Hi Michael, just for our own curiosity, what are the weaker claims in this article, from your view? 

We know that there is a limit to the amount of US T-bills that can be efficiently held in the market. If Glo reaches trillions of dollars of market cap, we're most likely operating in a world where we issue multiple stablecoins in different currencies. Each reserve would then be backed by government bonds denominated in each stablecoin's currency.

Our estimates of yield are based on T-bill yield, but, ofc, what assets will yield (or even exist) in the future where we're planetary scale is hard to speculate about. We think that somewhere in the 2.5%-3% range for cash equivalent investments is a good baseline estimate. Does that seem reasonable to you?

Hey all, really enjoyed this piece and love that y'all are working on long-term evaluations. Johannes, I know your work from the GiveDirectly papers and it's been interesting to see you shift gears.

Few small comments.

First, the actual comparison I want to see between Malengo & cash transfers is on a per-dollar basis. I'm confident that 12K of tuition is more welfare-improving than a $500 cash transfer. but is it 24X  better? Thinking about this as a potential donor, that's what I want to know. You can tease it out from the post, but is there a way to foreground the comparison? 

Recognizing this, many high-income countries are actively working to reduce migration barriers

Are they? And is this really why? You might say that many forces within high-income countries are working to liberalize immigration -- for a pretty wide array of reasons! -- but also that they're being opposed every step of the way. And I can't think of "many" high-income places where the push towards liberalization is so universal that we can say that the countries as a whole are "actively working to reduce migration barriers."  We might more accurately say that "Recognizing this, many advocates in high-income countries are actively pushing to reduce immigration barriers."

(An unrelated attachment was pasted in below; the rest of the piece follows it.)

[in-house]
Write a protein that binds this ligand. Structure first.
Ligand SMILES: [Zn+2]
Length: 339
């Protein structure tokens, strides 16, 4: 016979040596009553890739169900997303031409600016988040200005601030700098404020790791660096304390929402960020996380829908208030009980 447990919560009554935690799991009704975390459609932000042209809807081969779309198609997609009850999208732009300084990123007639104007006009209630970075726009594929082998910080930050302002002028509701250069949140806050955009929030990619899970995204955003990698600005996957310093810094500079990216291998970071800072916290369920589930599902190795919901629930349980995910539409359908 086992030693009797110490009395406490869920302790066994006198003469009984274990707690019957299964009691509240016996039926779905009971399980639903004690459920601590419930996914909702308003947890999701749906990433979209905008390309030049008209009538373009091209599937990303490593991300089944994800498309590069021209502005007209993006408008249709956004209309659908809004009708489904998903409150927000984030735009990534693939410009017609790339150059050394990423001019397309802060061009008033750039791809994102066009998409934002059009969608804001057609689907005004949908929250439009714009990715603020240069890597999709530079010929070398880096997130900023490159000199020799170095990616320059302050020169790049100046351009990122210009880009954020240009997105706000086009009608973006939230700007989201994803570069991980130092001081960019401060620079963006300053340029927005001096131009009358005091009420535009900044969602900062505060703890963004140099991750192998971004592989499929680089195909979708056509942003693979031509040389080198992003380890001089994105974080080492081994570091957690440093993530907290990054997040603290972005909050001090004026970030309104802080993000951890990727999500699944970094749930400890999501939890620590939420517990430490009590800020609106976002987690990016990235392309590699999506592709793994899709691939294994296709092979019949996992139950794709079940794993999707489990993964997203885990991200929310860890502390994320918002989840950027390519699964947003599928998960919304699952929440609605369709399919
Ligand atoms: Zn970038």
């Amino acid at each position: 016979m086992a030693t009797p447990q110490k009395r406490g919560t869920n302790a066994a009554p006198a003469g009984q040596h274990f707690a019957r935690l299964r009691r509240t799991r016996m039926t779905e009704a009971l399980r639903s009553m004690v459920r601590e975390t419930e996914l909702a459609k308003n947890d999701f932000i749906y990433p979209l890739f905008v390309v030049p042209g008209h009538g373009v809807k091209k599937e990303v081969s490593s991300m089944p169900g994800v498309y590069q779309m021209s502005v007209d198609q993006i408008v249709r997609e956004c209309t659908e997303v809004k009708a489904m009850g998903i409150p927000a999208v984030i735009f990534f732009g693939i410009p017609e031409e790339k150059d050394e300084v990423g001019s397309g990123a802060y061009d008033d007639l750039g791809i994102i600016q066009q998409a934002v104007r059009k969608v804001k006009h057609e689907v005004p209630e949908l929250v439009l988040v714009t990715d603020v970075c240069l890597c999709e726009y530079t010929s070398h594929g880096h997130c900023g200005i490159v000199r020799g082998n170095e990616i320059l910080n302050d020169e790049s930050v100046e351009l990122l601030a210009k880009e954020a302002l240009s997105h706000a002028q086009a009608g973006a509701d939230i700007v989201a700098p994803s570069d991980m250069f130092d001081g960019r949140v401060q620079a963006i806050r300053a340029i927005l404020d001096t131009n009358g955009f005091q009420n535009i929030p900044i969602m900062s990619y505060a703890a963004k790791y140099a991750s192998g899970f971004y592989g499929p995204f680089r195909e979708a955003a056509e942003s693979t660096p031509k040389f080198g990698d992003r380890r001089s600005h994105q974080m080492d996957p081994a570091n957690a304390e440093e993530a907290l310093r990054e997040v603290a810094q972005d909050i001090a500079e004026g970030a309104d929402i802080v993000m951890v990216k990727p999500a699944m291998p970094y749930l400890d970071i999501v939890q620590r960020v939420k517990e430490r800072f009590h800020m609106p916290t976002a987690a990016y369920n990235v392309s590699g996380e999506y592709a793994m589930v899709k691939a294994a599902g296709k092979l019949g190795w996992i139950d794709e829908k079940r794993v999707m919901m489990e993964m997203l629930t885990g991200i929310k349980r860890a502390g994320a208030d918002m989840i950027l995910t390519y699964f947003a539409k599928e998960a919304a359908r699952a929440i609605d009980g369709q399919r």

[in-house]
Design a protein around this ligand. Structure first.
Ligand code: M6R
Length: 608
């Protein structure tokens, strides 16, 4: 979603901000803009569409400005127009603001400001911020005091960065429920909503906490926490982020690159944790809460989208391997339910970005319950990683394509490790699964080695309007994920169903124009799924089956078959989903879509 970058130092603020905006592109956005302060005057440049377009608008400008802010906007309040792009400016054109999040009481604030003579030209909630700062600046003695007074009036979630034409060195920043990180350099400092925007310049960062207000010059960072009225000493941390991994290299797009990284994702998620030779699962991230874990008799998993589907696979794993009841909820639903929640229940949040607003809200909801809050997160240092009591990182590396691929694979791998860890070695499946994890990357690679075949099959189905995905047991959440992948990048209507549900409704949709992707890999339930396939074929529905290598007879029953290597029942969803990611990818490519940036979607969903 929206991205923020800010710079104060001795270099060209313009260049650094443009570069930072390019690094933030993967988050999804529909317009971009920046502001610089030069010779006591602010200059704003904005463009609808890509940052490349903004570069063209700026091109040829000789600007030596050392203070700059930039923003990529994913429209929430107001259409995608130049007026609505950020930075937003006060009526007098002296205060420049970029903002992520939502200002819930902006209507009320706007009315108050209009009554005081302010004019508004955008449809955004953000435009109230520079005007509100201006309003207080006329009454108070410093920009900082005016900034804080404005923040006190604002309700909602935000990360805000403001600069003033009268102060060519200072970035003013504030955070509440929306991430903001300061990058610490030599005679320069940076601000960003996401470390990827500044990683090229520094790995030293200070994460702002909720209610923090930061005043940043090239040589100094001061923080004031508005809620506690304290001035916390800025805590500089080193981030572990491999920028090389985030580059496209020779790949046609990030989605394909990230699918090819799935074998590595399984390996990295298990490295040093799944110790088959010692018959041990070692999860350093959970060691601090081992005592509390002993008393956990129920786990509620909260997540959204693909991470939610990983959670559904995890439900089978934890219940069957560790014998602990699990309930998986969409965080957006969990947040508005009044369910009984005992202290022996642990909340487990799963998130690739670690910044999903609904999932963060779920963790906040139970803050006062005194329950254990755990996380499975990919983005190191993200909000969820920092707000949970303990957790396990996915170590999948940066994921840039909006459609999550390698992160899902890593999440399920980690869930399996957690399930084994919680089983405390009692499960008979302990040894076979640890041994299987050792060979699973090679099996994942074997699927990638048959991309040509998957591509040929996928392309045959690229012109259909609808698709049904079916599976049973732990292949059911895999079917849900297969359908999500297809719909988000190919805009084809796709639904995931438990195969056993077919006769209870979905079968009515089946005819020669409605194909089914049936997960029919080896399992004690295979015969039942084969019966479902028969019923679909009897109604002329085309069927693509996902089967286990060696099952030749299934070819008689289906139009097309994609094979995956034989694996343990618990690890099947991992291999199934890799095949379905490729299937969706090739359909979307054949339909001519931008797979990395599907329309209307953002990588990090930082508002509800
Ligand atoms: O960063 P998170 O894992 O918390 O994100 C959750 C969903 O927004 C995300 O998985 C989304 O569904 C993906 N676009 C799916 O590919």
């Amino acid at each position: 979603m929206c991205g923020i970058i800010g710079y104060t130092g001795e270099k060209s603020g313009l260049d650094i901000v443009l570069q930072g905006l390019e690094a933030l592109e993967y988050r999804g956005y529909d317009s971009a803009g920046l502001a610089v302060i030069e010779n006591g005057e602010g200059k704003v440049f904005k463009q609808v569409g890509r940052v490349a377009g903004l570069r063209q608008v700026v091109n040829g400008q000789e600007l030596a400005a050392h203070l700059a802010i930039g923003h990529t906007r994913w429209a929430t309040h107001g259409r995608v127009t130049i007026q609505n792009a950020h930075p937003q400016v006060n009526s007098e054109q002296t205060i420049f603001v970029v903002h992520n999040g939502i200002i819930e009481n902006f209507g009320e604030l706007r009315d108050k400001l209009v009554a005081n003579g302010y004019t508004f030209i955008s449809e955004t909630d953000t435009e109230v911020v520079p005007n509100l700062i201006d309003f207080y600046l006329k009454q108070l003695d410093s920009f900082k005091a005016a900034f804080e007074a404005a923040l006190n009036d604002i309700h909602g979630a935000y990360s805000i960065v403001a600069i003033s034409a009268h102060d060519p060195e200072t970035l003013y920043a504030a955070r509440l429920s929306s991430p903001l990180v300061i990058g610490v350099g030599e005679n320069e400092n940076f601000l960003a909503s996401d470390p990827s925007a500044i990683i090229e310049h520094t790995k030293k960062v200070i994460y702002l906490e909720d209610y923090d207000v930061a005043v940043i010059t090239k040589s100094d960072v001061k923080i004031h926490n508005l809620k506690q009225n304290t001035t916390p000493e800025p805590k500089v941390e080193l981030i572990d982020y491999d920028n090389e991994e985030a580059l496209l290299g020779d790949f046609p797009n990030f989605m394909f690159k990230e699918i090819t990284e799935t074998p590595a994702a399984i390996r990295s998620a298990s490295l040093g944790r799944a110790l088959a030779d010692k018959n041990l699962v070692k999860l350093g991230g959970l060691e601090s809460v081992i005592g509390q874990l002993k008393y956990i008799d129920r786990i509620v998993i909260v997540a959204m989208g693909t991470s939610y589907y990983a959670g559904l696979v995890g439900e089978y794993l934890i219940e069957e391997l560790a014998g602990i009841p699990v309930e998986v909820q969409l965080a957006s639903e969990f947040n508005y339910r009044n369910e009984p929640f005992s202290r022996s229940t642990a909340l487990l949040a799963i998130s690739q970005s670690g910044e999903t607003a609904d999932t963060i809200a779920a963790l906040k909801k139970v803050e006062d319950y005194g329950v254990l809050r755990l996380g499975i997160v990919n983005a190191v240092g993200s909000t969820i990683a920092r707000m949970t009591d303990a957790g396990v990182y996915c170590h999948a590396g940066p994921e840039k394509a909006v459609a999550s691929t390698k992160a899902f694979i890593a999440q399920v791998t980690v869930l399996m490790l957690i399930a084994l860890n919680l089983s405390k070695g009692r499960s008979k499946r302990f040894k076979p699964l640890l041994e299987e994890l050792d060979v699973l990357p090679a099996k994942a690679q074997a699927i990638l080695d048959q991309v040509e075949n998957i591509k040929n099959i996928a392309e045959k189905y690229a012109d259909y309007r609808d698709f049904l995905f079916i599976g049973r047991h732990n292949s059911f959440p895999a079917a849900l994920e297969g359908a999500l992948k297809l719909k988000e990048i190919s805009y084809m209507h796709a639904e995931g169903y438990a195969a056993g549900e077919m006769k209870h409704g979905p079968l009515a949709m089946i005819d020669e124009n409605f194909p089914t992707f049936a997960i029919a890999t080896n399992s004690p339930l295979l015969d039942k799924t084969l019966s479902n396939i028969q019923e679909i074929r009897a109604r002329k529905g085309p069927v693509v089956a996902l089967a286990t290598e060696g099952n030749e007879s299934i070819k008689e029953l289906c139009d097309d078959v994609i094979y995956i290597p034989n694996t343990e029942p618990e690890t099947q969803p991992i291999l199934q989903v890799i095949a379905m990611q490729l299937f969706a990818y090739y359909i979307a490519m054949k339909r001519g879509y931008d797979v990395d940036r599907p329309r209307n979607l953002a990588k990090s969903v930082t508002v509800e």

Studies that permit causal claims

I understand what this means because I have a social science background, but I think it might be clearer to a general audience to say "studies that successfully identify casual effects".

Specifically, education itself has large returns, on the order of 10% per year.

As Tyler Cowen notes, Caplanian views on education are more in vogue lately...so maybe this can be qualified to specify where and when those estimates are from? The first thing that came to mind for me was the reasonably well-established finding that 2-3 years of a B.A. produces very little additional return beyond a HS degree, because so much of the value of a college degree is the signal of ability to do something to completion.

Indeed, several studies suggest strong human capital responses to migrant exposure. Bedasso et al. (2020)...Abarcar and Theoharides (2021)  ... Dinkelman and Mariotti (2016) ... Batista et al. (2011) e

Just asking, do these studies permit causal claims? I read the abstracts and I have no idea if these are good estimation strategies. I estimate that it would take many hours (days?) to get a good sense of their credibility. Imagine that I'm a determined skeptic. Would this evidence persuade? I am strongly pro-immigration but I'm also kind of a randomista so this evidence is a bit hard to parse. (I fully understand why this level of detail was beyond the post though.)

Anyway overall I love the thrust of this project and I look forward to hearing more updates!